Daly Finds The Right Course Once Hard-Drinking Party Guy Sober For One Year
One of the nine young men bellied up to the horseshoe-shaped bar at Sloppy Joe’s and yelled, “Tequila!” His friends bellowed agreement as the bartender lined up nine salt-rimmed glasses and filled them.
The scene was repeated several times, the young men baiting each other into drinking more and more, their loud, good-natured banter carrying with it an ominous undercurrent hinting that things could easily turn ugly.
A year ago, John Daly was part of a similar scene at Sloppy Joe’s, the place where the long day’s journey into his last drunken night began after the first round of the Players Championship.
Daly returned to TPC at Sawgrass this year a sober man who never wants to forget the horror of the night of March 27, a mere 12 months ago.
“It’s definitely a miracle what I’ve done,” Daly said Tuesday. “There’s always been an angel on my shoulder looking after me.”
Even when Daly was sober for 4-1/2 years before his last fall, he was not able to talk about his alcoholism. Now he attends meetings at least three days a week and can speak freely about “beating demons.”
“Last year I was a walking drunk,” Daly said. “This year I have somewhat of a grip on my life.”
The new Daly even was able to find humor in the 18 he scored on No. 6 Sunday in the Bay Hill Invitational.
“I tried my hardest,” Daly said with a laugh that was shockingly surprising because it came from someone normally uptight in interviews.
“I just couldn’t get it over the water,” he said about the six consecutive 3-woods that failed to make the 270-yard carry.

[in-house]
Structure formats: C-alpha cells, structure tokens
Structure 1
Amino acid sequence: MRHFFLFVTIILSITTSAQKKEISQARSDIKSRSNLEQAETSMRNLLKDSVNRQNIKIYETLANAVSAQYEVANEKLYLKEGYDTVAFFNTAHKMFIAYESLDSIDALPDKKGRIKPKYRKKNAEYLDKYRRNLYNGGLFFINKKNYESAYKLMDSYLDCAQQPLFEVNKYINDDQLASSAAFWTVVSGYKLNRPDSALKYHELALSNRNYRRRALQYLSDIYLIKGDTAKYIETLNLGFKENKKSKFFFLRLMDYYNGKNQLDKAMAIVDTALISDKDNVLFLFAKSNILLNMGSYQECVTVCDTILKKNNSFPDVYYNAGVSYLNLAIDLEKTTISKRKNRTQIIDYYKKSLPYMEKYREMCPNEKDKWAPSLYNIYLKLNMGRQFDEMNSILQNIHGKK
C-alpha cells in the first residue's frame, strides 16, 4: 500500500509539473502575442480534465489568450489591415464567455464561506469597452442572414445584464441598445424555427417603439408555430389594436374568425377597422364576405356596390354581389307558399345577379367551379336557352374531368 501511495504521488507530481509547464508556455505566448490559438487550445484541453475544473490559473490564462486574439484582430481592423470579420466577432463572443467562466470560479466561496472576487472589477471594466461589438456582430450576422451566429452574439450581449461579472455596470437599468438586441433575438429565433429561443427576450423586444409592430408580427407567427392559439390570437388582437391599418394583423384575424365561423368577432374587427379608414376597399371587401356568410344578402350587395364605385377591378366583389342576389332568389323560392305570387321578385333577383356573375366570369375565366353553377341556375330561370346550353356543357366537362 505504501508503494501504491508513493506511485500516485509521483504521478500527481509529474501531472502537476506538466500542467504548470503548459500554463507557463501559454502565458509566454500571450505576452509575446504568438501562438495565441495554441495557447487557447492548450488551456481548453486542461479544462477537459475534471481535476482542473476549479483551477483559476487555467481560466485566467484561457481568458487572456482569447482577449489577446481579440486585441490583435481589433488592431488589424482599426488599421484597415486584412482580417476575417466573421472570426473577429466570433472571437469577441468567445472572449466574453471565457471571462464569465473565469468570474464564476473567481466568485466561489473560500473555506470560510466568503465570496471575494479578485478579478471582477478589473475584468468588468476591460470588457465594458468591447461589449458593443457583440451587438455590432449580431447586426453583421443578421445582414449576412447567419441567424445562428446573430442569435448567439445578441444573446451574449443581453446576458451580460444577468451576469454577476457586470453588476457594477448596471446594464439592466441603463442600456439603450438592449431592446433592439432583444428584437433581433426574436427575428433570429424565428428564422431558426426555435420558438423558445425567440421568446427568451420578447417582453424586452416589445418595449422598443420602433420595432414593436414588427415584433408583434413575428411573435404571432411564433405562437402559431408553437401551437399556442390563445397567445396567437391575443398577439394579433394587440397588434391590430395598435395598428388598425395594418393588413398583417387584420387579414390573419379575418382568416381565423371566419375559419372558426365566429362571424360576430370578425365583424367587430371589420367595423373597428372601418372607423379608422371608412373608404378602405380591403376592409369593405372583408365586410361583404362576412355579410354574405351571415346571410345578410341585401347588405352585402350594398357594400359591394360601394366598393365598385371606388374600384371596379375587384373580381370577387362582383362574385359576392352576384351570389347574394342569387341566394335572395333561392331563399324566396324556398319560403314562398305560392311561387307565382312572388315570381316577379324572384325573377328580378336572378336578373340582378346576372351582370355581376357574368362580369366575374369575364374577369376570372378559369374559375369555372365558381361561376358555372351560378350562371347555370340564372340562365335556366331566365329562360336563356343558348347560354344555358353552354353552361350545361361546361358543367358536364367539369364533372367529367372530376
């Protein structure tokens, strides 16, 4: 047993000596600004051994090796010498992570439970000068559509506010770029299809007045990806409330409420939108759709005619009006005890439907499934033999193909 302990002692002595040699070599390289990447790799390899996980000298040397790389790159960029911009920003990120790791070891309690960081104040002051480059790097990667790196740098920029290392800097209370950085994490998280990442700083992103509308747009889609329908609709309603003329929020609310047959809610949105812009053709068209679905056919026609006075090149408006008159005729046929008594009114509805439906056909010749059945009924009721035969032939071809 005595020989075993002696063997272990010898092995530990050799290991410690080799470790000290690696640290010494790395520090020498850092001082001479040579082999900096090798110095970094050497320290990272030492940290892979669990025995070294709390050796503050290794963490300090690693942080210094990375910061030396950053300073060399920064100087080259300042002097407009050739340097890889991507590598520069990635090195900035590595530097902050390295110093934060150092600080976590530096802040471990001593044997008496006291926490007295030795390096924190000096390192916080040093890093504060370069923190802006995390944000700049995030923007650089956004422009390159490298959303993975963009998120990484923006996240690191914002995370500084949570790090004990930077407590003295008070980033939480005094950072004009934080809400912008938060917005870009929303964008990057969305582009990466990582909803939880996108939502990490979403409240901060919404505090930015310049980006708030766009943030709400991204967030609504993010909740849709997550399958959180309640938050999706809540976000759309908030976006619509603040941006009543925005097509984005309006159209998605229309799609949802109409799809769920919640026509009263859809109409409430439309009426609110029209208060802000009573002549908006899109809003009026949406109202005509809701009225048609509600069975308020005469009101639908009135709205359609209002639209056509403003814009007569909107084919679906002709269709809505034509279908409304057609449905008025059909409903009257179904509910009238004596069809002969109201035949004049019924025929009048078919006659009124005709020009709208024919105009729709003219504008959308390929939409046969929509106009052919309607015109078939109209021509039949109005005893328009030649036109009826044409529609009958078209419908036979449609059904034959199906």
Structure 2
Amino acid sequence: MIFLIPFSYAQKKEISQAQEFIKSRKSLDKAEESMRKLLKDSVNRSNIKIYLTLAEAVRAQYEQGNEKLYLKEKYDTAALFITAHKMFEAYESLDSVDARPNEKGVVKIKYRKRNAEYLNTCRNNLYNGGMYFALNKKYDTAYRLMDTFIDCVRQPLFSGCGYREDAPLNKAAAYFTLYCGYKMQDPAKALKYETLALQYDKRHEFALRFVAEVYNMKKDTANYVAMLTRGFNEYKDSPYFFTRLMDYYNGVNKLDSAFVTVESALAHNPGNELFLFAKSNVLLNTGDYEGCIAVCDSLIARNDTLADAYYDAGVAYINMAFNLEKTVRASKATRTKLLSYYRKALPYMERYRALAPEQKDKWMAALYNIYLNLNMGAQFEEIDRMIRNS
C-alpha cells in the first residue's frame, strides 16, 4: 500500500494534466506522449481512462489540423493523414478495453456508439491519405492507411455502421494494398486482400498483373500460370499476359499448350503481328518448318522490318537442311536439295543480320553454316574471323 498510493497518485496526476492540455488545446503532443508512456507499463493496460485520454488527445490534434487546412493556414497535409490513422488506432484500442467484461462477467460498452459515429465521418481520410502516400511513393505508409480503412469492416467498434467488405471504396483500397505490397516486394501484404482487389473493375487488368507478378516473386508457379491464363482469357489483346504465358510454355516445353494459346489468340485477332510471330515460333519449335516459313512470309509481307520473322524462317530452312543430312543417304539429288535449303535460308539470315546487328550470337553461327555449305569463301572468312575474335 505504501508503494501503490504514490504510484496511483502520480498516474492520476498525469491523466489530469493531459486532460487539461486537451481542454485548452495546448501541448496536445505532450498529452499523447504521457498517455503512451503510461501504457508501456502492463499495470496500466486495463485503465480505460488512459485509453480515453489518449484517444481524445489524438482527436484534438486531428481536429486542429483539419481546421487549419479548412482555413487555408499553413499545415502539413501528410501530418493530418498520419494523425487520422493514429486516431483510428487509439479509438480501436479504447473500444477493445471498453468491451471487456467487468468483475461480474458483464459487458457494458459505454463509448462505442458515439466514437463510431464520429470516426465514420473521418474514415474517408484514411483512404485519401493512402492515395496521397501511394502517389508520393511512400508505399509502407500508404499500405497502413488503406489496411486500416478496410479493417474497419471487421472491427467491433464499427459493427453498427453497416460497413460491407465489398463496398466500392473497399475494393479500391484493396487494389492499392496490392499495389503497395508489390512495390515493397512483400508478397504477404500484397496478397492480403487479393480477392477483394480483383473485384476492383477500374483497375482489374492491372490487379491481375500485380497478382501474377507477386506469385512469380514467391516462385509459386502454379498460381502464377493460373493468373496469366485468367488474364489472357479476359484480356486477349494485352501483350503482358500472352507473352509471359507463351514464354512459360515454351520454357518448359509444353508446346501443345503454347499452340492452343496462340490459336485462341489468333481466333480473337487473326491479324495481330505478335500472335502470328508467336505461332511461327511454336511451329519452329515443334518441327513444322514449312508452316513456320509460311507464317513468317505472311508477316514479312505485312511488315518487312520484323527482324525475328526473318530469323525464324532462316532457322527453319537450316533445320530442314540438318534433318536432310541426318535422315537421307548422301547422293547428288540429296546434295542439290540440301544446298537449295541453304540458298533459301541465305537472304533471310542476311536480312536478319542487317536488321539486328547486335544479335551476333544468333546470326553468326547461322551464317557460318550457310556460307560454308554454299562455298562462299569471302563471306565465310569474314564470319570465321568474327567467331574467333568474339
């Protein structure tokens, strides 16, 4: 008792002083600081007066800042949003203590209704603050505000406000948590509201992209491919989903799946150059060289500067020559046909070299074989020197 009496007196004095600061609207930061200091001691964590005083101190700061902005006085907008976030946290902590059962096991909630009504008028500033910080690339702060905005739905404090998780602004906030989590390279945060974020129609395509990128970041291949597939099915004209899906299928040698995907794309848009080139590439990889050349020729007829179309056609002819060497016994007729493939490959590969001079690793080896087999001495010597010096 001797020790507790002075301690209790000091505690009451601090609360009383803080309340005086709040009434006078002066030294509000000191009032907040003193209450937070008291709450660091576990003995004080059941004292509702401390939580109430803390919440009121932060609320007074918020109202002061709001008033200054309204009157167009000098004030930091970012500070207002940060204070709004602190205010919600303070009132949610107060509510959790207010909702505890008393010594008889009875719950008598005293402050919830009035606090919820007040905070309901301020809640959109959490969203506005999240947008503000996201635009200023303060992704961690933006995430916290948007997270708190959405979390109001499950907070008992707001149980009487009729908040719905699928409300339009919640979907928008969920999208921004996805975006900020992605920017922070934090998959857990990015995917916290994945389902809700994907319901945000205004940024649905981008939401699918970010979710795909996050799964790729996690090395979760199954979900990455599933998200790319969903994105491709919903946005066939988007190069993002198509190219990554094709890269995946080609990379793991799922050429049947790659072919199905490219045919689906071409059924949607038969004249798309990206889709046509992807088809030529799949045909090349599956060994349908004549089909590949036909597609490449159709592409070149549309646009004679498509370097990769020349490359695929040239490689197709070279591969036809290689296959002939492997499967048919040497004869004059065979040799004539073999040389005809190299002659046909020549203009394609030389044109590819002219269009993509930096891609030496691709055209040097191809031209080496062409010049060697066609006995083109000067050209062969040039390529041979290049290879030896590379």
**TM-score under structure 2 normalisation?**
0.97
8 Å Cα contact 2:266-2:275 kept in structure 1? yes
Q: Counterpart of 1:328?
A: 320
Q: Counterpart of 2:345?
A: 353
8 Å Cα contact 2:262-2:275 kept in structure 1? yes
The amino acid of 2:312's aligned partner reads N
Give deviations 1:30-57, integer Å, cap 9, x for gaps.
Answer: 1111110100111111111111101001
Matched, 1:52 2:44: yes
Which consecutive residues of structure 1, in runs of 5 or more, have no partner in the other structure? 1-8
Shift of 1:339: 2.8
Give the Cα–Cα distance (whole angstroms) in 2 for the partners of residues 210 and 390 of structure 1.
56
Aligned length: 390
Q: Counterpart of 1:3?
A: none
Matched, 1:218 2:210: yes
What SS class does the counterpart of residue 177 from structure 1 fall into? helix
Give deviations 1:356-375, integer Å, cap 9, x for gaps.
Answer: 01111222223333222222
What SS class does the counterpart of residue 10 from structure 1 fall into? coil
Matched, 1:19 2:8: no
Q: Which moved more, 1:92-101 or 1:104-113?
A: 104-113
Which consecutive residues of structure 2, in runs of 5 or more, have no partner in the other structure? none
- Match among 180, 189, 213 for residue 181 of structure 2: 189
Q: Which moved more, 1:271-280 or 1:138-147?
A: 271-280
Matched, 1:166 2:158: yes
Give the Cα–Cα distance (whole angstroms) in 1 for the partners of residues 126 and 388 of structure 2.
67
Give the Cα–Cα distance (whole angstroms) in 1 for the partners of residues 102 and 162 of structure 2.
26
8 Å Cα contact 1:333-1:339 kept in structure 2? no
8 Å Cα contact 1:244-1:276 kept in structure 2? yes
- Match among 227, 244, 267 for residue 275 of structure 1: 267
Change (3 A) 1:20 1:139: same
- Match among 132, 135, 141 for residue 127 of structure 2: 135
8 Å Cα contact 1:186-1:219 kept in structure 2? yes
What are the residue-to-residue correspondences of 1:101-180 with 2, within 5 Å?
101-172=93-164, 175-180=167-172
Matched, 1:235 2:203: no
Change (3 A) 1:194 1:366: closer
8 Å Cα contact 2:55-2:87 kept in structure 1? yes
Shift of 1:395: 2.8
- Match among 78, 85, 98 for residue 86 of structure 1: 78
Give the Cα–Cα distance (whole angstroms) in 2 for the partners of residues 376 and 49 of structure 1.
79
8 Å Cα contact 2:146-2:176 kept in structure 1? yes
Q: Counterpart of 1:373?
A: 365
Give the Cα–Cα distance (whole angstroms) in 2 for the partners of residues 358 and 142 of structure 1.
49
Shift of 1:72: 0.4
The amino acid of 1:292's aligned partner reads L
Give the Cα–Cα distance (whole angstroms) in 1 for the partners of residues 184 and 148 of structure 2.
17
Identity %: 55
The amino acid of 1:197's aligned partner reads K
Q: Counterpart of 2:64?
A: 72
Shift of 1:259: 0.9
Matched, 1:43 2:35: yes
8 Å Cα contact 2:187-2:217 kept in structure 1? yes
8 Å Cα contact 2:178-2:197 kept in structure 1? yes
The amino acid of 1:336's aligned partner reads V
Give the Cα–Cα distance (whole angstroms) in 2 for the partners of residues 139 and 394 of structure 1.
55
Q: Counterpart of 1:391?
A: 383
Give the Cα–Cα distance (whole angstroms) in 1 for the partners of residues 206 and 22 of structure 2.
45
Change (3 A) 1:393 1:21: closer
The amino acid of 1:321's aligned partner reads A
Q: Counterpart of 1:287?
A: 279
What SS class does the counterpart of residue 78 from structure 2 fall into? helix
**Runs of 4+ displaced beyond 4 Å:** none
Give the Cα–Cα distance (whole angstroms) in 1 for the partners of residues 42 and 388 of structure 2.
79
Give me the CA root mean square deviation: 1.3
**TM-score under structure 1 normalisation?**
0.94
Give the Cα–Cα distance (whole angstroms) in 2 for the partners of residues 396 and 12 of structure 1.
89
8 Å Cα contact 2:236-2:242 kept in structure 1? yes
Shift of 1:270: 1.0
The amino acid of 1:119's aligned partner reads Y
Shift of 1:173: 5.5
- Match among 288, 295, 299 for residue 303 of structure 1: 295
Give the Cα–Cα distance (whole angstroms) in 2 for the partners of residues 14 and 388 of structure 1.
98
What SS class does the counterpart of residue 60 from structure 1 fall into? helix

“It’s the first time I’ve actually lost my patience” during his new sobriety, Daly said.
But he followed the 18 with a birdie on the next hole.
“So it looks more like a 10 and a 10 instead of an 18 and a 2,” he said, once again shaking with laughter.
“When I finally got on the green, I had a 30-footer for a 17 and Tom Watson said, ‘Knock it in,’ like it meant something,” Daly said. “He was serious, too. We both just started to laugh.”
Laughter is not entirely new for Daly. It’s just that it’s new for him when he is sober.
The night that turned Daly’s life around began with lots of laughs in the friendliest of environments.
Sloppy Joe’s is a cozy bar of red brick and blond wood huddled behind the purple neon lights that announce its presence on a humble corner along First Street, just a block from the Atlantic Ocean.
A balcony lines the two-story building inside and out. A mounted sailfish hangs from the inside balcony and photographs of Ernest Hemingway, the poster boy for the hard-drinking man’s man, are everywhere.
Just inside the front door is a Sloppy Joe’s shirt autographed by Daly.
“It was very crowded,” said Jeff Taylor, a bartender at Sloppy Joe’s on that night when Daly had his last drink.
“He was very nice, signing autographs and buying drinks for people,” Taylor said Monday night. “He drank a lot, but he was not a problem.”
The real problem came when Daly left Sloppy Joe’s and returned to his hotel room. His wife, Paulette, told him she had taken as much as she could stand of his drinking and was leaving him.
Daly trashed the room, causing $1,000 in damage, and was eventually taken to the hospital in an ambulance, fearing for his life.
Two days later, he was on his way to the Betty Ford center and his second stint of alcohol rehabilitation.
“If I had continued the way I was going last year, I don’t think I would be here,” Daly said.
That night, he was the life of the party.
He was also a perfect drunk.
Tuesday, he slowly turned in his hand one of the nearly 100 coins sent to him by other recovering alcoholics.
“The scariest part is it’s a day-to-day thing,” Daly said, looking at the coin. “If I want to buy my death, I can just go to a liquor store and buy it.”
And because of that, Daly pays the price every day.
MEMO: This sidebar appeared with the story:
On Saturday, Daly will receive a coin from Alcoholics Anonymous marking a year of sobriety.
This sidebar appeared with the story: HAPPY ANNIVERSARY On Saturday, Daly will receive a coin from Alcoholics Anonymous marking a year of sobriety.